A Room With a View: Scenes From the International Space Station

The world is a decidedly different place from 250 miles up—one too few of us get to see

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The International Space Station (ISS) may be the greatest machine you never gave a thought to. It’s 354 ft. (108 m) long, 240 ft (73 m) wide and with its vast array of solar panels would almost perfectly cover the rectangle of a football field. That’s a sweet hunk of hardware, even if its $100 billion price tag and its dubious record of scientific accomplishments have caused a lot of detractors to argue it never should have been built.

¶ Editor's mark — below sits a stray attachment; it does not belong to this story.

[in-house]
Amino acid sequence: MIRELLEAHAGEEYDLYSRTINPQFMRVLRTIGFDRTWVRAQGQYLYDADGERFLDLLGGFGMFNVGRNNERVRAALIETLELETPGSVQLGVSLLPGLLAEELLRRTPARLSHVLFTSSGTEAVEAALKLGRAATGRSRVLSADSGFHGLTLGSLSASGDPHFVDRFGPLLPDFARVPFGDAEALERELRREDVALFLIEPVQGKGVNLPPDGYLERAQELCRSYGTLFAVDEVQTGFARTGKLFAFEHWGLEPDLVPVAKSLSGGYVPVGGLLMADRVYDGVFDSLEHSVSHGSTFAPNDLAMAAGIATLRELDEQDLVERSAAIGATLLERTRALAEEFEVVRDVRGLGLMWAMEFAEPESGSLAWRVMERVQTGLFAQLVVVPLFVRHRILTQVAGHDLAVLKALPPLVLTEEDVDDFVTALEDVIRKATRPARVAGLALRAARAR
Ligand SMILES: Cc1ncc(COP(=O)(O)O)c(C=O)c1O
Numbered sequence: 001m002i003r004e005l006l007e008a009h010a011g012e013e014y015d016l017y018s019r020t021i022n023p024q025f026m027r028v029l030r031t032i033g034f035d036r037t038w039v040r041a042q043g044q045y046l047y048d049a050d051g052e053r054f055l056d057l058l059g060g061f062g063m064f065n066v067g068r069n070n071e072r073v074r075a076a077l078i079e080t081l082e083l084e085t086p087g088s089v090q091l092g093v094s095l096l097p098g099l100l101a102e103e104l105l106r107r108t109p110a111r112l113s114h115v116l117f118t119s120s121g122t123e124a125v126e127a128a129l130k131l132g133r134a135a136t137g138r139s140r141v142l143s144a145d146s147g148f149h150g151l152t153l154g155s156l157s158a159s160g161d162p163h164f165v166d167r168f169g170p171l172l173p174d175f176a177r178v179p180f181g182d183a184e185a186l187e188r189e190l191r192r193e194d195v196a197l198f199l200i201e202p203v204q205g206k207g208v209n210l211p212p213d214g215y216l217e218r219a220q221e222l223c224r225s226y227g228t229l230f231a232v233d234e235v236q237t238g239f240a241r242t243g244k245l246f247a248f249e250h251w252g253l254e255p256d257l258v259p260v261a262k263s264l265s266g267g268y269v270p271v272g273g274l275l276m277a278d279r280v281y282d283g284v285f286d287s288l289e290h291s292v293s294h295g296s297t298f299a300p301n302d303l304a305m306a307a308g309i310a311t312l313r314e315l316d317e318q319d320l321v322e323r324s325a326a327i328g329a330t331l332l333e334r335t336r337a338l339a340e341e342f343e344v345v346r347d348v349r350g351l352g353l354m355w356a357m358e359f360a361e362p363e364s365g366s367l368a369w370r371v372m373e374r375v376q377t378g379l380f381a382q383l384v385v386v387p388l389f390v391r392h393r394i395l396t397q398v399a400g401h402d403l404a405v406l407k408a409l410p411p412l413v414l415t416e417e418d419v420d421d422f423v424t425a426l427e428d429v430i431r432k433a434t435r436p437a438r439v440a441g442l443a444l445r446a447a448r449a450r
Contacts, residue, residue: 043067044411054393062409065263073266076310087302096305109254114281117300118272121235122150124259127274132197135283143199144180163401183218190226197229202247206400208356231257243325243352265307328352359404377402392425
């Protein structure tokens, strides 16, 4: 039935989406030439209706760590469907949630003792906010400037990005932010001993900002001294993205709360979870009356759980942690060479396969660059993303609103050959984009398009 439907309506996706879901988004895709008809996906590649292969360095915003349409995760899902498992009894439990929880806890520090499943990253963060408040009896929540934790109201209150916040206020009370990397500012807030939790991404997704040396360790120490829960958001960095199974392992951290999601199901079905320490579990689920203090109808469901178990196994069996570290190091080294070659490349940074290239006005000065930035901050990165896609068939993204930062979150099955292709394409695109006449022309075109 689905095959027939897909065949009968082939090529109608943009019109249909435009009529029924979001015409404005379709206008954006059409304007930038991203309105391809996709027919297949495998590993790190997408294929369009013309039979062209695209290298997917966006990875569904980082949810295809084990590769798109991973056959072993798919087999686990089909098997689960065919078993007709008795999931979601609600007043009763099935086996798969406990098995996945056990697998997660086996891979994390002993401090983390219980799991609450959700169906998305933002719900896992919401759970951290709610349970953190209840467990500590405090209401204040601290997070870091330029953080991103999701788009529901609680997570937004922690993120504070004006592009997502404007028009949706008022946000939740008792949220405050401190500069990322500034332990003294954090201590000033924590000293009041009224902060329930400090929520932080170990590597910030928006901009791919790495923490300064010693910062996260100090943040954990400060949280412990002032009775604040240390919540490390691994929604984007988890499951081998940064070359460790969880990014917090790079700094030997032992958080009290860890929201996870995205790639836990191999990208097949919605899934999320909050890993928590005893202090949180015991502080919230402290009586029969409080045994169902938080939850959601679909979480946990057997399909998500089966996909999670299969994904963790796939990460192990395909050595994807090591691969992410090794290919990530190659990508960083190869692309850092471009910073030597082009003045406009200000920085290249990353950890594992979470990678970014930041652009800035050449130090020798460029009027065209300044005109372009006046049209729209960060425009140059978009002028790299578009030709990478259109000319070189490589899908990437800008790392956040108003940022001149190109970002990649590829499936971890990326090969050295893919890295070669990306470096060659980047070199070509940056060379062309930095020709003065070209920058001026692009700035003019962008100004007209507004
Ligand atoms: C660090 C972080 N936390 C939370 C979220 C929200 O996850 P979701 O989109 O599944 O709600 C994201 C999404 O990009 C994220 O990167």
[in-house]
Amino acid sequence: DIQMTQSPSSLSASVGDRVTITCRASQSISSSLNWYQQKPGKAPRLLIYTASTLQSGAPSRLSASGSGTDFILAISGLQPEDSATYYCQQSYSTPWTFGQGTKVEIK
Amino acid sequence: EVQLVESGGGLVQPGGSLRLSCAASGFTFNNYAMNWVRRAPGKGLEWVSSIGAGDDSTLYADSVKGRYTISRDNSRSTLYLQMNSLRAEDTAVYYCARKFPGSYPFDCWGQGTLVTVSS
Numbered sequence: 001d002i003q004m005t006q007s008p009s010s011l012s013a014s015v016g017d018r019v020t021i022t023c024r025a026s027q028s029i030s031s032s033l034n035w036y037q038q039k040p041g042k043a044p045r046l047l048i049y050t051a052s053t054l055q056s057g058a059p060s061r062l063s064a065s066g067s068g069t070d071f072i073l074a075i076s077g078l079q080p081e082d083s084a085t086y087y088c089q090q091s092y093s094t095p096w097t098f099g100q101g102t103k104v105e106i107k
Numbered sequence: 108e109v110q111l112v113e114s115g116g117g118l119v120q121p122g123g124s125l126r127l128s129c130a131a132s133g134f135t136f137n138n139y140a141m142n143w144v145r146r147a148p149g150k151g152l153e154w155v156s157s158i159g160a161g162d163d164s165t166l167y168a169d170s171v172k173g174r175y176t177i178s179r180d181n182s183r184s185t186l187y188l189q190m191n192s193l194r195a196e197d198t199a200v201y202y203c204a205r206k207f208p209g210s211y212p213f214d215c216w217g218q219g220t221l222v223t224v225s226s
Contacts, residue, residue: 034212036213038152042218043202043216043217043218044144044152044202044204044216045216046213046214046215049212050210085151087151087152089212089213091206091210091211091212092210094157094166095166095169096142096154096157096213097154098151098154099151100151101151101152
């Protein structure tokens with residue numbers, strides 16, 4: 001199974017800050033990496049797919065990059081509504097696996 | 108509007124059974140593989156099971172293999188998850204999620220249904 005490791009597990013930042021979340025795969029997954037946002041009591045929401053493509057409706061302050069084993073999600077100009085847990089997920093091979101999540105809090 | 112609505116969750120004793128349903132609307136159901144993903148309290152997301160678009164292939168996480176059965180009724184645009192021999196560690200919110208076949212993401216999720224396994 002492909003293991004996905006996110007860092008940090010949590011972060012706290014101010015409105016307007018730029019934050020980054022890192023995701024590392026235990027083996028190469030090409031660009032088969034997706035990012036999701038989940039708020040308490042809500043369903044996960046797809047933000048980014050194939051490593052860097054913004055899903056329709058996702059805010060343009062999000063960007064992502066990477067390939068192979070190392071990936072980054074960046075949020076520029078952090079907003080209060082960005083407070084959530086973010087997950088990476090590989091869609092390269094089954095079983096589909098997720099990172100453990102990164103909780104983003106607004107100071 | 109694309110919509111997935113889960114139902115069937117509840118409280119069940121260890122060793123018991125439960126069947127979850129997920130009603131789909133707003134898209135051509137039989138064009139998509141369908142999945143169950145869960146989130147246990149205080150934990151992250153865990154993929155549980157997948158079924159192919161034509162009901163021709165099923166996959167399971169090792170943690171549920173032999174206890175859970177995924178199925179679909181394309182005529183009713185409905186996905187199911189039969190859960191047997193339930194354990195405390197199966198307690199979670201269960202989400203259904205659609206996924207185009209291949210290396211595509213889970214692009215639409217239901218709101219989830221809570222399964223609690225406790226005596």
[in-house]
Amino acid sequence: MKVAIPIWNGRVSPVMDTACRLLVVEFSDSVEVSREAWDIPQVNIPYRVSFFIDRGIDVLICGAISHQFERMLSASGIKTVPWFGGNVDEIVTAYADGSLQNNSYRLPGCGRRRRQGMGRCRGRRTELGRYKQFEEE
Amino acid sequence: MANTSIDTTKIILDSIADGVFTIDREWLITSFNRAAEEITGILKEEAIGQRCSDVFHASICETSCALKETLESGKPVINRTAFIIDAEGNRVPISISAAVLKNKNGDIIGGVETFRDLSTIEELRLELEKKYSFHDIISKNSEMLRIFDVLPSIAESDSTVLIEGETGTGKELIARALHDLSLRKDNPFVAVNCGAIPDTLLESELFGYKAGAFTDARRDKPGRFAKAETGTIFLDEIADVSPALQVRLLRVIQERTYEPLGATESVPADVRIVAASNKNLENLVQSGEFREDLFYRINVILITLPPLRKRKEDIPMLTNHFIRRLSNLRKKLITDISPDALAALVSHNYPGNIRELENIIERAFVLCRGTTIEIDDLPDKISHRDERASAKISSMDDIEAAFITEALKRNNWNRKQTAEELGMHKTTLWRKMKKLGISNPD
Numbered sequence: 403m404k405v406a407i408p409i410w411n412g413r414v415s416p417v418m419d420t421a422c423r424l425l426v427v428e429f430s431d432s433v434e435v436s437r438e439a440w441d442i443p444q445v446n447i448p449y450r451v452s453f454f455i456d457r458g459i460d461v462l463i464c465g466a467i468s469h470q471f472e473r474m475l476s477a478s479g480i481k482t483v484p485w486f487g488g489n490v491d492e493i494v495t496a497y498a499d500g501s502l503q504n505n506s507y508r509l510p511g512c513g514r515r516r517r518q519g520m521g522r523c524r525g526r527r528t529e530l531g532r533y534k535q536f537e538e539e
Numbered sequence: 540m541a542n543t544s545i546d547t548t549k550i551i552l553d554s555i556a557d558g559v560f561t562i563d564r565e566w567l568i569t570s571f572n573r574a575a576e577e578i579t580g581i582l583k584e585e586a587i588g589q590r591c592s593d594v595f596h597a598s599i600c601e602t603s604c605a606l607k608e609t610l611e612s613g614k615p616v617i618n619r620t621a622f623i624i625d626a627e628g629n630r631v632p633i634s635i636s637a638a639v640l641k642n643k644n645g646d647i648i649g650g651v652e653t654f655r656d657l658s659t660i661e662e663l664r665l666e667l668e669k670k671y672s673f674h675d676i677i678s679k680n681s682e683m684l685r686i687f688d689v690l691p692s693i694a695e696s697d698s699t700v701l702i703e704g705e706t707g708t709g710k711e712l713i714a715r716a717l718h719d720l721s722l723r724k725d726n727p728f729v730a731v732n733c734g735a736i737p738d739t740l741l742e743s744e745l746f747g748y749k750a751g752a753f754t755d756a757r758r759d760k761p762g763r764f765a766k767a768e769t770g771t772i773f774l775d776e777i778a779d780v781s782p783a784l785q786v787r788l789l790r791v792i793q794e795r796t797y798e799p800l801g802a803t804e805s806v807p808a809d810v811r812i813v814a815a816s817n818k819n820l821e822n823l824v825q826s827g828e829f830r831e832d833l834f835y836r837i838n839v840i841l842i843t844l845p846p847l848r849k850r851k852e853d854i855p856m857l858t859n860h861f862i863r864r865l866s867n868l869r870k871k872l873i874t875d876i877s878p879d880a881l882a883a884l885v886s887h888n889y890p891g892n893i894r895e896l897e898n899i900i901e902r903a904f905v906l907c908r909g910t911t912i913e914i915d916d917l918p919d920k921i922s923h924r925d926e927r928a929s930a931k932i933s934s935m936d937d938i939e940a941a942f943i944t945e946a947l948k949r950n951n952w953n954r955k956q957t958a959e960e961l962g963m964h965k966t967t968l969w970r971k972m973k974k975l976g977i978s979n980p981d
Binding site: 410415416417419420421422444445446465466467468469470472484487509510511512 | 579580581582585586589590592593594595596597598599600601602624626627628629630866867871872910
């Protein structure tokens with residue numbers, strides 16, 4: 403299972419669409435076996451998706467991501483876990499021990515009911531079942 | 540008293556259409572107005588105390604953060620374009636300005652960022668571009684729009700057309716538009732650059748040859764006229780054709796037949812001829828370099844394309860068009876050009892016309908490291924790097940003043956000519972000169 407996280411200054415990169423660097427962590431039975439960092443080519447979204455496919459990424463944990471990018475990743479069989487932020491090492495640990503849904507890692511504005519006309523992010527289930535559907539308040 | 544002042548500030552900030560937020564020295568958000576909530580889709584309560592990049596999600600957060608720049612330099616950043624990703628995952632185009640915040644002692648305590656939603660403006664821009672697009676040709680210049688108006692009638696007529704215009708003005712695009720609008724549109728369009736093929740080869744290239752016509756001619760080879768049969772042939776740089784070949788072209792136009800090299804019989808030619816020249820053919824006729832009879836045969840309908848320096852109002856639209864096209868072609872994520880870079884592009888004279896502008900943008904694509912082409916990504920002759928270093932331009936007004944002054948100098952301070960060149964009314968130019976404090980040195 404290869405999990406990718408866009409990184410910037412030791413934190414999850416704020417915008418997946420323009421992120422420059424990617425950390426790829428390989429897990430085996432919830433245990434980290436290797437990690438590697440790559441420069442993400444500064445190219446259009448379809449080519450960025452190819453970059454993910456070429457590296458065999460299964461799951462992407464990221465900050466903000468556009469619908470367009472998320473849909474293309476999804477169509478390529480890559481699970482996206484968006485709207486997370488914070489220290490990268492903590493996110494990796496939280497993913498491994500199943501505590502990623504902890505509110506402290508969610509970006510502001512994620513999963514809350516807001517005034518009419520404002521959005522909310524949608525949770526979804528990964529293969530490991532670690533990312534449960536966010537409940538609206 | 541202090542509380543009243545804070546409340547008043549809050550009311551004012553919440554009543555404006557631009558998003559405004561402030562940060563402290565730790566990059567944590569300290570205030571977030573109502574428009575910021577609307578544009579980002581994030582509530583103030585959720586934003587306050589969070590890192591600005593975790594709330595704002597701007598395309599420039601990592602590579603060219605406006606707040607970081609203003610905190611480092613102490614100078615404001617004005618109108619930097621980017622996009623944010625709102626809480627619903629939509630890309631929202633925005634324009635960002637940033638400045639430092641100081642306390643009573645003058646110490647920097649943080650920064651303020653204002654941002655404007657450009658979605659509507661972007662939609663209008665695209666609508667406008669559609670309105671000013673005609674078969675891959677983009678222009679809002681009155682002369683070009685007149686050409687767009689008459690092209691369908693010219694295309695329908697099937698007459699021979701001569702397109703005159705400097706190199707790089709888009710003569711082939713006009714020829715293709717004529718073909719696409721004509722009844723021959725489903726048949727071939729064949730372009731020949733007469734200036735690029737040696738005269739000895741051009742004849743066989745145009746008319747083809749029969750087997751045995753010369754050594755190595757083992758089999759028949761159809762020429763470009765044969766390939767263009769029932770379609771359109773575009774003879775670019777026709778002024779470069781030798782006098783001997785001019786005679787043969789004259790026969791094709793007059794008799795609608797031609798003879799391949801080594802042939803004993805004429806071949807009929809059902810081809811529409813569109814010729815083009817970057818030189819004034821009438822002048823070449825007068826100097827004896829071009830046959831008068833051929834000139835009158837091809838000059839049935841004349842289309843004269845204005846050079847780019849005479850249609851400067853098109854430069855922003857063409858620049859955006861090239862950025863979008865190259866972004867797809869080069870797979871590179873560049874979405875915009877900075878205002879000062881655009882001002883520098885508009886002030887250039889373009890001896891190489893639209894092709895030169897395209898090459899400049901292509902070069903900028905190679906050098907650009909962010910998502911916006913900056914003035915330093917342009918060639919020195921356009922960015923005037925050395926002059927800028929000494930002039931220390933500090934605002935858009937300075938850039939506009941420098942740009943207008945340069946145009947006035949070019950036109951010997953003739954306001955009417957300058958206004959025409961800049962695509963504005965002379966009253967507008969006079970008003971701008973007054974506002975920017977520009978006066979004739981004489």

Still, built it was and it’s been sailing silently and grandly overhead at a speed of 17,500 mph (28,200 k/h) and an average altitude of 250 mi. (400 km) since its first module was launched in 1998. The view from that rarefied high ground is something spectacular, especially after the installation of the seven-windowed node known as the cupola in 2010. What follows is just a small sampling of what orbiting astronauts see every day.

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